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Taking Care of your teeth while wearing braces or a retainer.

  •  Remember to brush your teeth after every meal and floss at least once a day.
  • Make sure to use toothpaste that contains fluoride, and ask your orthodontist or family dentist if you need a fluoride rinse. This helps prevent cavities!
  • If you take out your retainer to eat, make sure you brush your teeth, floss, and remember to keep it safe in its container so that it does not get lost or broken.
  • Keep your retainer clean, too, by brushing it gently with a toothbrush and toothpaste. You may also soak it in denture cleaner as instructed by your orthodontist. Don't put your retainer in boiling water or in the dishwasher.
  • During your treatment, try to avoid foods with a lot of sugar, which increases the amount of bacteria that grows in your mouth, causing more plaque and possibly cavities.
  • Avoid sticky and chewy foods (caramel, chewing gum, gummy sweets), hard foods (hard candy, nuts, ice cubes), or any foods that could possibly get stuck in your braces (corn on the cob, soft bagels, ribs, taffy).
  • Make sure to schedule your routine checkups with your family dentist. It is recommended that you continue to visit the dentist every six months.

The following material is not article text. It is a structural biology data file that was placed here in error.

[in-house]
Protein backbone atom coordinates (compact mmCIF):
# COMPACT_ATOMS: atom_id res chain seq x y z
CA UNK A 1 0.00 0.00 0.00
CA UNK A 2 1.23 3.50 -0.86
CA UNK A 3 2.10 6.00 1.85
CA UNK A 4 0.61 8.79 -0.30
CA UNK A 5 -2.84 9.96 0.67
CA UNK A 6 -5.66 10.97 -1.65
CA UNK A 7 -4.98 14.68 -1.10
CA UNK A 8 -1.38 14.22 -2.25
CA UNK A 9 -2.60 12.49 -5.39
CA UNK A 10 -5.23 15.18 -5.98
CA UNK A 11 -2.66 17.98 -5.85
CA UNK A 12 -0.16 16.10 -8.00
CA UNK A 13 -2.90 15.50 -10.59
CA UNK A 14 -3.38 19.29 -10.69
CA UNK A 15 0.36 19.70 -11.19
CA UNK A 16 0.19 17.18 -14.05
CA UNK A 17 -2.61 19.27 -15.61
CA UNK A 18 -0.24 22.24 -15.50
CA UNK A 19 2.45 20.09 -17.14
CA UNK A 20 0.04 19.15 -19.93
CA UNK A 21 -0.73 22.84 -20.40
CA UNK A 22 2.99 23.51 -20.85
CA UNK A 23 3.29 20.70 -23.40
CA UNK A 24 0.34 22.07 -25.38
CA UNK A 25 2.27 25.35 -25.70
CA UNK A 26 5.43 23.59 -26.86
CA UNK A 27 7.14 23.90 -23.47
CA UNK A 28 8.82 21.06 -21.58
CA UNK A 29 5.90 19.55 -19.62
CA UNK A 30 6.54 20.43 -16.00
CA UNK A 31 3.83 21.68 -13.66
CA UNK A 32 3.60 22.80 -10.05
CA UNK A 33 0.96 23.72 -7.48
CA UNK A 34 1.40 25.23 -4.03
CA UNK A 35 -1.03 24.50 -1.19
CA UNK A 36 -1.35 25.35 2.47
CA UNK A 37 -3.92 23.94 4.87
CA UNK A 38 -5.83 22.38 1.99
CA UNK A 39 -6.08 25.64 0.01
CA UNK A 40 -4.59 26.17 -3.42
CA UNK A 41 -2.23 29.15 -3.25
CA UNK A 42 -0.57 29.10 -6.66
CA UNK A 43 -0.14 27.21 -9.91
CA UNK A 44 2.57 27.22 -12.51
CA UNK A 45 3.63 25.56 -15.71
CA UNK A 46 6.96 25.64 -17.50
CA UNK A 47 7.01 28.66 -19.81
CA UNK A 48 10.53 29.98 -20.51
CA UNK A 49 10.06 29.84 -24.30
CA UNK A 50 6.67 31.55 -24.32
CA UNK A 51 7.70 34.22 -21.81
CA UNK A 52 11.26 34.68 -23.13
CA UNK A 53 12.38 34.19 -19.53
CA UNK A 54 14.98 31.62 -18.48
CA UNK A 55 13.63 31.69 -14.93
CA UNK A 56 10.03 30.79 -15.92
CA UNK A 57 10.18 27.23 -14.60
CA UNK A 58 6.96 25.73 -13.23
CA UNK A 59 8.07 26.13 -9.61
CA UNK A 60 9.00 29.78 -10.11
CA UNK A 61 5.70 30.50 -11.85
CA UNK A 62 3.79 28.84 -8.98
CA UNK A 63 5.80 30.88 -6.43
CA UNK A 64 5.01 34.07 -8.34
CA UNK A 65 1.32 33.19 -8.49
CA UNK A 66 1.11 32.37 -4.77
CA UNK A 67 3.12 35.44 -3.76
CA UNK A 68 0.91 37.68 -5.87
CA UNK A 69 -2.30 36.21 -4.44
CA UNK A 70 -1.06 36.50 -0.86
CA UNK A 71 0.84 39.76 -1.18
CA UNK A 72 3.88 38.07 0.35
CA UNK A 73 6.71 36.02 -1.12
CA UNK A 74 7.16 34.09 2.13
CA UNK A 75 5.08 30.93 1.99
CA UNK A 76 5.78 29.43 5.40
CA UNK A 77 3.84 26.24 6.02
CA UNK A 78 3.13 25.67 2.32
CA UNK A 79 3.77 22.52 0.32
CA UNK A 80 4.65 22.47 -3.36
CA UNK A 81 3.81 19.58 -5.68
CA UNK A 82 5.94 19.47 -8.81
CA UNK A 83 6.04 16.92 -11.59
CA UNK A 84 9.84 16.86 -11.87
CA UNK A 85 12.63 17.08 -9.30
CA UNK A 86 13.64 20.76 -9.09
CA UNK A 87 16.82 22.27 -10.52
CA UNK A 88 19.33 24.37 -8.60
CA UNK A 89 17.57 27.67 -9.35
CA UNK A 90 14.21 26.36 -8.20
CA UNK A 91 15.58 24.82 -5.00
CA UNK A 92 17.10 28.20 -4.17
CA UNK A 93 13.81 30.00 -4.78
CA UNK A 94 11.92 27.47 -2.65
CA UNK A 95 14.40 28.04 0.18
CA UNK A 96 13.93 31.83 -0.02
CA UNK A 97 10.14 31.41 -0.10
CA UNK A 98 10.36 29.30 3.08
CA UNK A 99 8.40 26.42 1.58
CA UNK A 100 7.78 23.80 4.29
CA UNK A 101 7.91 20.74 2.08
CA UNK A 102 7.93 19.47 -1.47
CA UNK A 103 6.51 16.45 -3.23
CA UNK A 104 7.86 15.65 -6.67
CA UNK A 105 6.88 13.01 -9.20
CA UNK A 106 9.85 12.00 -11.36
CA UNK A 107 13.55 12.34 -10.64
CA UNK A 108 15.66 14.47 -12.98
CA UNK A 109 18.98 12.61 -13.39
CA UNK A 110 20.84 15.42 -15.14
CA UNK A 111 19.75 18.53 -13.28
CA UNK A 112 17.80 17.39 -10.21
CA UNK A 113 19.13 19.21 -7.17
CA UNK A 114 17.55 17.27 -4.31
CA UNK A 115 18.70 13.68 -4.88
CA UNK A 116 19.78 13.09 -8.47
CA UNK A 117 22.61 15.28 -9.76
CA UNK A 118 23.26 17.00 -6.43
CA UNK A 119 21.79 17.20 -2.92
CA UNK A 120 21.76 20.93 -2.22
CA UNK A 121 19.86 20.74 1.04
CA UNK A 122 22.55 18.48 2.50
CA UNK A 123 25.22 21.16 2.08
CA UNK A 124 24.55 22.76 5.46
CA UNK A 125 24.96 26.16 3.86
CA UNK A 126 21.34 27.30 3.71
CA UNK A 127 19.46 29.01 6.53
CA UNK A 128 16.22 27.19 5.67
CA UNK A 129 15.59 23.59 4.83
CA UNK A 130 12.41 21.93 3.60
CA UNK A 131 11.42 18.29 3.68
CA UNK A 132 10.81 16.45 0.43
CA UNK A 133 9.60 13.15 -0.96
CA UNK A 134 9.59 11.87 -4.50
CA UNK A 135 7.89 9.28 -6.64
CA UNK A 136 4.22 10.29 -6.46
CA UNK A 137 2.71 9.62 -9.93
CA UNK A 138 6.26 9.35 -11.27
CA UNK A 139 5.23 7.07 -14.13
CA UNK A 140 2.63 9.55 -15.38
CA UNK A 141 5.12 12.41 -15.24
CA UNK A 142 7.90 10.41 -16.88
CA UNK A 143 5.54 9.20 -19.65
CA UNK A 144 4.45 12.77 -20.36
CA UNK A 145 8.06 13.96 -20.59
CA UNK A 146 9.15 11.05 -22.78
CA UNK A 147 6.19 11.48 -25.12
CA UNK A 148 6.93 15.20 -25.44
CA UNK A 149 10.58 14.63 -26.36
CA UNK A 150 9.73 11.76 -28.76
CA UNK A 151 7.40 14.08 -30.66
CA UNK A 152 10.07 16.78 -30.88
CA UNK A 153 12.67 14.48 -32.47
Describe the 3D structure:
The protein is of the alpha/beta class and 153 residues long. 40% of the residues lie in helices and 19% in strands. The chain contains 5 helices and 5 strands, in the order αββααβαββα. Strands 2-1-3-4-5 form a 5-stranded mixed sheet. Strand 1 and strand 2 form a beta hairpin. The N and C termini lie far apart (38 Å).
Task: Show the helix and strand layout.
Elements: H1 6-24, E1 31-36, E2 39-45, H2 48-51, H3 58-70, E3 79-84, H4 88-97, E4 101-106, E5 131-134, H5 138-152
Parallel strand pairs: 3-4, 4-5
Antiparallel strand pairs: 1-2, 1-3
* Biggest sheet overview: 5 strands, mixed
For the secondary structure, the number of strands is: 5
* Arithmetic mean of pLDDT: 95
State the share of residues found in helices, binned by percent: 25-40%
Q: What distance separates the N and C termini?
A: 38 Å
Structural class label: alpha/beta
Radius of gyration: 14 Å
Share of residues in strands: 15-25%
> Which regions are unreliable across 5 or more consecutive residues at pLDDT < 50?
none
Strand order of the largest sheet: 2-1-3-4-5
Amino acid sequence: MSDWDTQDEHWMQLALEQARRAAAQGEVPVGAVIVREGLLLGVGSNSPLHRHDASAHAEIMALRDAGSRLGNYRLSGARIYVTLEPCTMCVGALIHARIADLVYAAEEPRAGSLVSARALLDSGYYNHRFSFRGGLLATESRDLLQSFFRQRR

Cleaning Between Teeth with Braces

Having wires that connect your braces from tooth to tooth makes flossing a challenge. But it can be done. Using Oral-B Super Floss, a floss threader (to get under the wires) or another interdental cleaner will help. Just ask us during your appointment and we’ll be happy to recommend our favorites!

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Brushing Your Teeth With Braces

When you have Braces, you should brush your teeth every time you eat.  Plaque needs to be thoroughly removed and with braces, it is even more important.  When you have braces, the wires and brackets create additional places for plaque to hide.  When plaque attaches to your braces and teeth, it can cause cavities, bad breath, swollen gums and stain marks on your teeth.  Brushing twice per day is important, but you should also clean between your teeth with floss at least once every day. After flossing, brush your teeth and braces until they’re clean and shiny.Brookfield ortodontics, ortodontists, braces,brookfield The best time to do this thorough cleaning is at night, right before you go to bed. Also, make sure to continue to see your dentist regularly every six months, or more often if your orthodontist recommends it. Your dentist and hygienist will not only make sure your mouth and teeth are clean, but will also make sure all your braces, brackets and wires are intact and working effectively. An end-rounded bristle toothbrush works well for brushing braces, and your dentist might prescribe fluoride toothpaste to help you fight tooth decay even more. Brush gently but thoroughly. If your braces look clean and shiny and if you can see the edges of the brackets clearly, you’ve done a good job.  Make sure to rinse your mouth after brushing with water, or with a mouth rinse.  Having wires that connect your braces from tooth to tooth makes flossing a challenge. A floss threader may help. Ask your orthodontist for any recommendations on brushes or flossing tools that may help.